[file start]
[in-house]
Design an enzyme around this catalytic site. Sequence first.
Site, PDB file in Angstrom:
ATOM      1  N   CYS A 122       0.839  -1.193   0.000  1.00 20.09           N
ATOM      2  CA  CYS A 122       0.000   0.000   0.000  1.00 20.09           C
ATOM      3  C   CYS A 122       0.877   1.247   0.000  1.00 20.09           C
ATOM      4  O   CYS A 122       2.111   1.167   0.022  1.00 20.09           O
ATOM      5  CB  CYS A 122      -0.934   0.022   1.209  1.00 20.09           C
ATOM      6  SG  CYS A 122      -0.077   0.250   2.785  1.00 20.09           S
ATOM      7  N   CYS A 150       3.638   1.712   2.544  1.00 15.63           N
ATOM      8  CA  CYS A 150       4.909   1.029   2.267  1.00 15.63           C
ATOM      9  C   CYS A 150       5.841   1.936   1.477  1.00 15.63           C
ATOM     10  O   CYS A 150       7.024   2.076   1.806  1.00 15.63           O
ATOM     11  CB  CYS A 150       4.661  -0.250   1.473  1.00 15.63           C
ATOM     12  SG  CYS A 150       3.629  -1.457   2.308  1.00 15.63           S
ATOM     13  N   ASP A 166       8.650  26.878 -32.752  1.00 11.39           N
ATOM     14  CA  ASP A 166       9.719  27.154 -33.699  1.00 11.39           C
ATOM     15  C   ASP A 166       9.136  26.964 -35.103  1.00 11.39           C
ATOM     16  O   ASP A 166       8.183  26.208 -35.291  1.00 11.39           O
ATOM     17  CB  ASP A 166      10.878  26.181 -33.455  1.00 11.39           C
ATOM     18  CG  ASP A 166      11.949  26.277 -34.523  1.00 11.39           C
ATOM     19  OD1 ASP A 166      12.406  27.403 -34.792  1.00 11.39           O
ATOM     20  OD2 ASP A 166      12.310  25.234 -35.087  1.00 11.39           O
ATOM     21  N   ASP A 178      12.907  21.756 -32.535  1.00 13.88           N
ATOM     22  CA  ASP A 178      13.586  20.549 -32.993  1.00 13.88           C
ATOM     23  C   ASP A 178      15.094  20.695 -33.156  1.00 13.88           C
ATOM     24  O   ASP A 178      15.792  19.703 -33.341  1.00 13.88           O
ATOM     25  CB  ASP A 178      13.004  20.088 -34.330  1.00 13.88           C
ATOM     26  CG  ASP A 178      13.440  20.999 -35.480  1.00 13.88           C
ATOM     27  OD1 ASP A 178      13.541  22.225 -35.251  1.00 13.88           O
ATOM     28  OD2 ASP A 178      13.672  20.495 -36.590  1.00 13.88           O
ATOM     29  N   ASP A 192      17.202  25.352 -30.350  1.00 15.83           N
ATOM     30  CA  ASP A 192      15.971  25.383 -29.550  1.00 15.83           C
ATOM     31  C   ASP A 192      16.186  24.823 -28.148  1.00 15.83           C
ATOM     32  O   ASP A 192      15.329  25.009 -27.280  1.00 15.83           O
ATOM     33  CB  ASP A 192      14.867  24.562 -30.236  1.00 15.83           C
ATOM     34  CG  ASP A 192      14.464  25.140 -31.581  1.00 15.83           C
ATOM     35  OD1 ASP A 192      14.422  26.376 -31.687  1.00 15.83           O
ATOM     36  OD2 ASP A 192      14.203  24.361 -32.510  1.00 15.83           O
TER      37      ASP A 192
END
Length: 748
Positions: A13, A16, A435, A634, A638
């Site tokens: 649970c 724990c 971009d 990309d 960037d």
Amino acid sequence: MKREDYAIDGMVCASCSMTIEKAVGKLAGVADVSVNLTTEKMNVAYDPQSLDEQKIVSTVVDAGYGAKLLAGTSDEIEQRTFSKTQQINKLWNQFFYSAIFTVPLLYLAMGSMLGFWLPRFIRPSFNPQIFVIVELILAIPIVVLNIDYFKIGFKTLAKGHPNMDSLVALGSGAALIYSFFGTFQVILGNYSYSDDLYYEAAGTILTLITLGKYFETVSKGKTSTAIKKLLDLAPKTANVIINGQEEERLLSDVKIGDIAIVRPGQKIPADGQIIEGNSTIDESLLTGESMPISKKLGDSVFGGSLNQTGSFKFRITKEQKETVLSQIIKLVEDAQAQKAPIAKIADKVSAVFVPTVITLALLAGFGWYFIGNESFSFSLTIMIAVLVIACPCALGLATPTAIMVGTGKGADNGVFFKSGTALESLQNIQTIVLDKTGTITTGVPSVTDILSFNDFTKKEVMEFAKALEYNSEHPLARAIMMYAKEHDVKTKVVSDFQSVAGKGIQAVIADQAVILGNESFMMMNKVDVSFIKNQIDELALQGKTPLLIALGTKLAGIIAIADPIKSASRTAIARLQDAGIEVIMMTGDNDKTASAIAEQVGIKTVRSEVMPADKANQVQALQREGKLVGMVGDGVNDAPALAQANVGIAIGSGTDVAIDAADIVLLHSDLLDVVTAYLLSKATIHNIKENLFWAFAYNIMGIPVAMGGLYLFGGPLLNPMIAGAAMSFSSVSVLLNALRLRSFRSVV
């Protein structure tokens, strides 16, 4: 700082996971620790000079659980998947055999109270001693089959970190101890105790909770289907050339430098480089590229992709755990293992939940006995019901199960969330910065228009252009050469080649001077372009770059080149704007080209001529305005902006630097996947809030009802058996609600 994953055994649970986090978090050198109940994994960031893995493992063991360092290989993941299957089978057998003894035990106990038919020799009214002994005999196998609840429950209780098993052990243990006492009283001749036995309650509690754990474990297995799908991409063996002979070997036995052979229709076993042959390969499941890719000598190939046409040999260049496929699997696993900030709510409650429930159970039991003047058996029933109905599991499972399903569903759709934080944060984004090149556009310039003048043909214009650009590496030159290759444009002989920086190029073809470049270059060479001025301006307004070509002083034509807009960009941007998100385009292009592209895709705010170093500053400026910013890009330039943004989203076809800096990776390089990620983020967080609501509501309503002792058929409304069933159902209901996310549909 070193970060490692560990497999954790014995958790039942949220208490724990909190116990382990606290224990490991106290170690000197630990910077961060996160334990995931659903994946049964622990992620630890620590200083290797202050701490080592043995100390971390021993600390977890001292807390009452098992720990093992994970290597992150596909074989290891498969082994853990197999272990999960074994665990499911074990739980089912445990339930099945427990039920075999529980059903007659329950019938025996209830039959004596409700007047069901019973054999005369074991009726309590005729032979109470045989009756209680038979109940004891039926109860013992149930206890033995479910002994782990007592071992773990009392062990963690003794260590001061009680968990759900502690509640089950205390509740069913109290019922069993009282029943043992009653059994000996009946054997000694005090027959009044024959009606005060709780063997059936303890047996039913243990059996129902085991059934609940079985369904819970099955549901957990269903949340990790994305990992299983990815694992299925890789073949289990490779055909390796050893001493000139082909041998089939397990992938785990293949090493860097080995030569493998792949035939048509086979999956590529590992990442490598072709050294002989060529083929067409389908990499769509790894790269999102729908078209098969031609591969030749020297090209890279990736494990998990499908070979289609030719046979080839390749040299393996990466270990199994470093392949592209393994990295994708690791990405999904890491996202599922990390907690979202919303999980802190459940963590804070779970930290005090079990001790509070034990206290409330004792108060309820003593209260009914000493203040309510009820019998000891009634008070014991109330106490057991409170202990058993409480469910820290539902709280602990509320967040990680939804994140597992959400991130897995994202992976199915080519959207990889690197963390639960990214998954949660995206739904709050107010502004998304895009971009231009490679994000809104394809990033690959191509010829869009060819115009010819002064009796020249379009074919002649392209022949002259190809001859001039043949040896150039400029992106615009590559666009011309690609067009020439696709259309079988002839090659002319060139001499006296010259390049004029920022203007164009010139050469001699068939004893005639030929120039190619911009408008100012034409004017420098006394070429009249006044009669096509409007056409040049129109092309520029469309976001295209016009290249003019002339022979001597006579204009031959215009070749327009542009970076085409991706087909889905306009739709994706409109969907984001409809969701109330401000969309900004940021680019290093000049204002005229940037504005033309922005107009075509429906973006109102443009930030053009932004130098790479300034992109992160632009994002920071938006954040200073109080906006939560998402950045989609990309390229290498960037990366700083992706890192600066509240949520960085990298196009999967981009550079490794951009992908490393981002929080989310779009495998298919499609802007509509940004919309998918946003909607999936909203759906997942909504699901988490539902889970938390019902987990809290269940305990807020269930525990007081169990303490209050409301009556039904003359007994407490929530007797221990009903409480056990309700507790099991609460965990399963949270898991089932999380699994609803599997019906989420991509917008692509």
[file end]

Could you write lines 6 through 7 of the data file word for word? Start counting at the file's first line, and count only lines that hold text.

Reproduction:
ATOM      3  C   CYS A 122       0.877   1.247   0.000  1.00 20.09           C
ATOM      4  O   CYS A 122       2.111   1.167   0.022  1.00 20.09           O